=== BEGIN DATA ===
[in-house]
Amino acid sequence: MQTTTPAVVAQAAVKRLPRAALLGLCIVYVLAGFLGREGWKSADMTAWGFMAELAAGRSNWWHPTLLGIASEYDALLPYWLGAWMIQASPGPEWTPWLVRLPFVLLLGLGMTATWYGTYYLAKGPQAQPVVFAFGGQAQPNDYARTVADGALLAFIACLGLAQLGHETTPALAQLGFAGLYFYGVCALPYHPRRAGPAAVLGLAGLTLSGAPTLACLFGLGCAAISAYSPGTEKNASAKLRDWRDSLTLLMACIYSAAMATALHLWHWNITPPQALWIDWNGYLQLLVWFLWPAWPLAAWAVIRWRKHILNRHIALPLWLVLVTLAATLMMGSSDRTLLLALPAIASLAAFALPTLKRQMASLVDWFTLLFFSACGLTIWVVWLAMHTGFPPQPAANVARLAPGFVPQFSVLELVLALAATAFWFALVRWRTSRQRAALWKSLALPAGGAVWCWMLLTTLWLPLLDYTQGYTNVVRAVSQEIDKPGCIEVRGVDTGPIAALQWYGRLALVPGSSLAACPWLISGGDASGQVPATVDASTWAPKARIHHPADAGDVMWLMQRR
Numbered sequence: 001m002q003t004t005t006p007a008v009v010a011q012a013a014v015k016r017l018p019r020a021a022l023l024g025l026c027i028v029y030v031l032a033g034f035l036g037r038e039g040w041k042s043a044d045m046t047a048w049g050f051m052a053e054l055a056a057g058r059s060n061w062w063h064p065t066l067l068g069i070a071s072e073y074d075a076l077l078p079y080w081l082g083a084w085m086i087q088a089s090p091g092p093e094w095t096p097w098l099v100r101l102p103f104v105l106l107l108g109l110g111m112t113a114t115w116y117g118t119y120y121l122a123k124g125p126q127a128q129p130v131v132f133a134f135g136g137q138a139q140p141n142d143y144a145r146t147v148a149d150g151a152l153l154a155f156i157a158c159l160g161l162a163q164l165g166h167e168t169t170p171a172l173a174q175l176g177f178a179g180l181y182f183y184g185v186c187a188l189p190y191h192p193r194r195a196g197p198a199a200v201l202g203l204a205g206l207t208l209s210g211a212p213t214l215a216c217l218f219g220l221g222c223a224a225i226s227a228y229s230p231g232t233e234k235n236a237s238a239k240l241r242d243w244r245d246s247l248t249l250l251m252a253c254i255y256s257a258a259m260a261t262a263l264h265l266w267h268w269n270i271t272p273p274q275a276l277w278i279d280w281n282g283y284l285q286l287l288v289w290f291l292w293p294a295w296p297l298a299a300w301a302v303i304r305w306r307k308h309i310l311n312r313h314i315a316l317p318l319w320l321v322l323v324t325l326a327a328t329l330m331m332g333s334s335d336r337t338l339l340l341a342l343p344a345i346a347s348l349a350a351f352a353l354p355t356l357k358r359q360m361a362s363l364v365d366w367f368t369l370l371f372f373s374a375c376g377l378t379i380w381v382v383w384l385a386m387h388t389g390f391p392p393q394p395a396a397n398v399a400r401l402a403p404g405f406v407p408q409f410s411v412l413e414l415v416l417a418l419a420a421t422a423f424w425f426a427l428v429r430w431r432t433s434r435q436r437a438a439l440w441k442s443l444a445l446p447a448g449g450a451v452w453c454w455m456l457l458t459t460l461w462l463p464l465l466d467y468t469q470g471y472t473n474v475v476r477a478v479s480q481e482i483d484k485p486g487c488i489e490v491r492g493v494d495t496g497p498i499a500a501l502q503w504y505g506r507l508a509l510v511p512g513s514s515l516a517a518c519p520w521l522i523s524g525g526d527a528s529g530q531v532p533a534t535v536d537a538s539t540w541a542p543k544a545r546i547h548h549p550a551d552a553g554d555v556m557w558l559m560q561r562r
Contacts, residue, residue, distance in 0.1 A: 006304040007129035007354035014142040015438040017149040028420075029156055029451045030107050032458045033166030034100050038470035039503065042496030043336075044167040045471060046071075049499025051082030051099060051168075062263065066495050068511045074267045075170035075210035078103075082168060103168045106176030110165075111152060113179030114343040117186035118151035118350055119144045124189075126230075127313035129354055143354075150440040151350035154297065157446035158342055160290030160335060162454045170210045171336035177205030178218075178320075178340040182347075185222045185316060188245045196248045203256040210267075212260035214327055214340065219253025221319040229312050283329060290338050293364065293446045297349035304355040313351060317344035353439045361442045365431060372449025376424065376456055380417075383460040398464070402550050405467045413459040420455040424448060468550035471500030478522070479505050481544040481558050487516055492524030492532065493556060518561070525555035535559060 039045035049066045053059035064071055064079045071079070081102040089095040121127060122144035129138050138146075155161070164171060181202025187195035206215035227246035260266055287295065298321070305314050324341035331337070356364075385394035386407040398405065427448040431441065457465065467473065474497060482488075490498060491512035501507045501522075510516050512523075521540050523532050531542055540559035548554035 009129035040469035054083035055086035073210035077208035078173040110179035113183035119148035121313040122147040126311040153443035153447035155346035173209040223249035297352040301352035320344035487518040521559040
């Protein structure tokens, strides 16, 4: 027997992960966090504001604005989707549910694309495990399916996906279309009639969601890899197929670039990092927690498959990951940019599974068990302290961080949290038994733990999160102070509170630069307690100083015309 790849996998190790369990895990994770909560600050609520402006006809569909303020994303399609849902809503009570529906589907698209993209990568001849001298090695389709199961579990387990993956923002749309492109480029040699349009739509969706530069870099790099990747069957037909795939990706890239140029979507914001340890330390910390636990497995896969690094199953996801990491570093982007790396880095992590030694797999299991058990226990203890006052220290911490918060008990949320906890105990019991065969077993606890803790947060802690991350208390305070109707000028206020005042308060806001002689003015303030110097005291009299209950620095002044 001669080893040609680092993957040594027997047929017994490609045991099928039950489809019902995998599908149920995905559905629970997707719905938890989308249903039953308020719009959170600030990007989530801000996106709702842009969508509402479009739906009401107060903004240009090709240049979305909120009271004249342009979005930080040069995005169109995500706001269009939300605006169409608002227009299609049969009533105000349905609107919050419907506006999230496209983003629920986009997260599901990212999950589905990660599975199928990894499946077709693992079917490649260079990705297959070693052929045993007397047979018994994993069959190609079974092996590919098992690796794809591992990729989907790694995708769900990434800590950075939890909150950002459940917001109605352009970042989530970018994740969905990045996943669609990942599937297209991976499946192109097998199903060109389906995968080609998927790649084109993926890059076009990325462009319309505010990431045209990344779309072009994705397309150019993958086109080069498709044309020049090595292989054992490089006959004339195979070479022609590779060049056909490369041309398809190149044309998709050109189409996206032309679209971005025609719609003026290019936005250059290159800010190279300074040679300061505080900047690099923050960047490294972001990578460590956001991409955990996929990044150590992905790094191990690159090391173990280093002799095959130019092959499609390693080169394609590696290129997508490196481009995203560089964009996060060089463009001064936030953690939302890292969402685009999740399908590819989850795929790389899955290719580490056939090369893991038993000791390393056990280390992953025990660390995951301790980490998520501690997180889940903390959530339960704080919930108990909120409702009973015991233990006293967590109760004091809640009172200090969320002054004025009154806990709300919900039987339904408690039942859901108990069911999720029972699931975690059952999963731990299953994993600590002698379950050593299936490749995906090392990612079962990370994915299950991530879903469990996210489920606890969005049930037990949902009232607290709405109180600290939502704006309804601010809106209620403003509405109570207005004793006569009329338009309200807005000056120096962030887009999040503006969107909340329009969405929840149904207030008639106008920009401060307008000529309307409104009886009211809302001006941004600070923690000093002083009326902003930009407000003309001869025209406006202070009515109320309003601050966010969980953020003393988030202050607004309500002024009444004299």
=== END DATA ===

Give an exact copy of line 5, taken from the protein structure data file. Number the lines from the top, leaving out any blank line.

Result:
């Protein structure tokens, strides 16, 4: 027997992960966090504001604005989707549910694309495990399916996906279309009639969601890899197929670039990092927690498959990951940019599974068990302290961080949290038994733990999160102070509170630069307690100083015309 790849996998190790369990895990994770909560600050609520402006006809569909303020994303399609849902809503009570529906589907698209993209990568001849001298090695389709199961579990387990993956923002749309492109480029040699349009739509969706530069870099790099990747069957037909795939990706890239140029979507914001340890330390910390636990497995896969690094199953996801990491570093982007790396880095992590030694797999299991058990226990203890006052220290911490918060008990949320906890105990019991065969077993606890803790947060802690991350208390305070109707000028206020005042308060806001002689003015303030110097005291009299209950620095002044 001669080893040609680092993957040594027997047929017994490609045991099928039950489809019902995998599908149920995905559905629970997707719905938890989308249903039953308020719009959170600030990007989530801000996106709702842009969508509402479009739906009401107060903004240009090709240049979305909120009271004249342009979005930080040069995005169109995500706001269009939300605006169409608002227009299609049969009533105000349905609107919050419907506006999230496209983003629920986009997260599901990212999950589905990660599975199928990894499946077709693992079917490649260079990705297959070693052929045993007397047979018994994993069959190609079974092996590919098992690796794809591992990729989907790694995708769900990434800590950075939890909150950002459940917001109605352009970042989530970018994740969905990045996943669609990942599937297209991976499946192109097998199903060109389906995968080609998927790649084109993926890059076009990325462009319309505010990431045209990344779309072009994705397309150019993958086109080069498709044309020049090595292989054992490089006959004339195979070479022609590779060049056909490369041309398809190149044309998709050109189409996206032309679209971005025609719609003026290019936005250059290159800010190279300074040679300061505080900047690099923050960047490294972001990578460590956001991409955990996929990044150590992905790094191990690159090391173990280093002799095959130019092959499609390693080169394609590696290129997508490196481009995203560089964009996060060089463009001064936030953690939302890292969402685009999740399908590819989850795929790389899955290719580490056939090369893991038993000791390393056990280390992953025990660390995951301790980490998520501690997180889940903390959530339960704080919930108990909120409702009973015991233990006293967590109760004091809640009172200090969320002054004025009154806990709300919900039987339904408690039942859901108990069911999720029972699931975690059952999963731990299953994993600590002698379950050593299936490749995906090392990612079962990370994915299950991530879903469990996210489920606890969005049930037990949902009232607290709405109180600290939502704006309804601010809106209620403003509405109570207005004793006569009329338009309200807005000056120096962030887009999040503006969107909340329009969405929840149904207030008639106008920009401060307008000529309307409104009886009211809302001006941004600070923690000093002083009326902003930009407000003309001869025209406006202070009515109320309003601050966010969980953020003393988030202050607004309500002024009444004299």